23 February 2022

In Loving Memory: Admiral Eric McVadon, 1936–2022

Rear Admiral Eric A. McVadon, Jr. was a Naval Aviator, Vietnam War veteran, Commanding Officer of Naval Station Keflavik (Iceland), and celebrated U.S. Defense Attaché in Beijing (1990–92). With his deep experience, thoughtfulness, and infectious enthusiasm, he was a valued mentor to many China Hands.
True to form, he was also a great friend and supporter of our China Maritime Studies Institute (CMSI) at the Naval War College, from which he had earlier received a Master’s Degree; and active contributor to many of its efforts, including its conferences and publications.
More so than ever, in this fallen era for U.S.-China military relations, Admiral McVadon and his positive outlook are deeply missed. May his memory be a blessing, and may his loving family to whom he was always so greatly devoted receive further appreciation of his respected legacy in this difficult time.
Thank you for everything, Admiral McVadon, and may the long arc of history ultimately honor your eternal optimism!

ERIC A. MCVADON, September 3, 1936 – February 15, 2022

Rear Admiral Eric Alton McVadon, US Navy (Ret.) of Great Falls, Virginia, died Tuesday, February 15, 2022, after a brave 15-year battle with Parkinson’s Disease. He was 85.

Eric, called Alton by his family, had an illustrious 35-year Naval career, followed by a 25-year consulting career, and in his final years was surrounded by his extended family. From humble roots in Baton Rouge, Louisiana, he exceeded all expectations, by becoming a Naval Aviator and earning two stars as a Rear Admiral.

Career highlights include

  • Earning the Air Medal after two tours flying in Vietnam
  • Navigating an aircraft carrier in the Mediterranean during the Six-Day War
  • Being on the staff of the Joint Chiefs of Staff at the Pentagon
  • Introducing President Ronald Reagan on global TV at the 1986 Iceland Summit with Soviet Premier Gorbachev
  • Serving as US Defense Attaché to China during the first war in Iraq, receiving death threats and afterward being awarded the Defense Distinguished Service Medal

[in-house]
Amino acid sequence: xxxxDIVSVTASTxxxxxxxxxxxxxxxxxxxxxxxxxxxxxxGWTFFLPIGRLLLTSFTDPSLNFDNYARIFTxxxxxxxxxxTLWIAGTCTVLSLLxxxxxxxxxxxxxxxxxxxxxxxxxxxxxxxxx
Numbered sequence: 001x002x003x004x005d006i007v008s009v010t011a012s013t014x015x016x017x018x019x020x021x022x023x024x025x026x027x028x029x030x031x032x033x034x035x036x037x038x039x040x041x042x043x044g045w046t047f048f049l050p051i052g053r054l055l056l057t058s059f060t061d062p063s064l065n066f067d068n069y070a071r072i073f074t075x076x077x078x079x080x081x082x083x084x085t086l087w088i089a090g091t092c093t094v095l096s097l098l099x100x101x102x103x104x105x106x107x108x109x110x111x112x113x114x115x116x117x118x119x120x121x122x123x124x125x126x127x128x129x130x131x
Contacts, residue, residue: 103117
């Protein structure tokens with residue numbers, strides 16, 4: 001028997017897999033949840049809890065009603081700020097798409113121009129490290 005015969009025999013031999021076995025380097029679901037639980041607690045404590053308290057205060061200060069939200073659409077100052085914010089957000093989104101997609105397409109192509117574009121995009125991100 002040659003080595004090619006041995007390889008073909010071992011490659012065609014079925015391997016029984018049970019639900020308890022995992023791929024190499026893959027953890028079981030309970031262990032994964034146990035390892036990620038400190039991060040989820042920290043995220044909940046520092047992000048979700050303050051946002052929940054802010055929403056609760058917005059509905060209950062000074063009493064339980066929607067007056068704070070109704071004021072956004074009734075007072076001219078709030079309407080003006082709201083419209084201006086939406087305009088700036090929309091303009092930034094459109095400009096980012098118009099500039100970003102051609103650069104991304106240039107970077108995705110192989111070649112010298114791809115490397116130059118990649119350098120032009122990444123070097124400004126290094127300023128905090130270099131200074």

• Learning to speak and write Japanese, Icelandic, and Mandarin Chinese (three of the hardest languages to learn)
  • International speaking engagements as an expert on the Chinese military

Despite his stellar career achievements, he always considered his 64-year marriage and the family he built with his high school sweetheart, Marshall Marie Phillips, to be his greatest accomplishment. He lost his beloved wife in January 2021, but Eric is survived by his five children: Douglas (Melinda), Michelle, Erin (Jim), Scott, and Kevin (Yvette); seven grandchildren, four great-grandchildren and one great-great-grandchild; his brother Wayne (Claire) and numerous cousins and nieces and nephews. Eric and Marshall created a home designed to attract family that became a gathering place and was always the annual holiday destination.

Eric graduated from Tulane University in 1958, became a Navy pilot in 1960, and was sent to Hawaii, Japan, and California in quick succession. All the while he and Marshall grew their family. Their children were born in New Orleans, Pensacola, San Diego, Honolulu, and Key West.

He spent almost two years at sea aboard the attack carrier USS Shangri-La (CVA-38) in the Mediterranean Sea in 1967-68, and Marshall travelled to Europe twice for extended visits to meet him when the ship was in port. In 1969, while at the Naval War College in Newport, Rhode Island, Eric completed his master’s degree in International Affairs from George Washington University.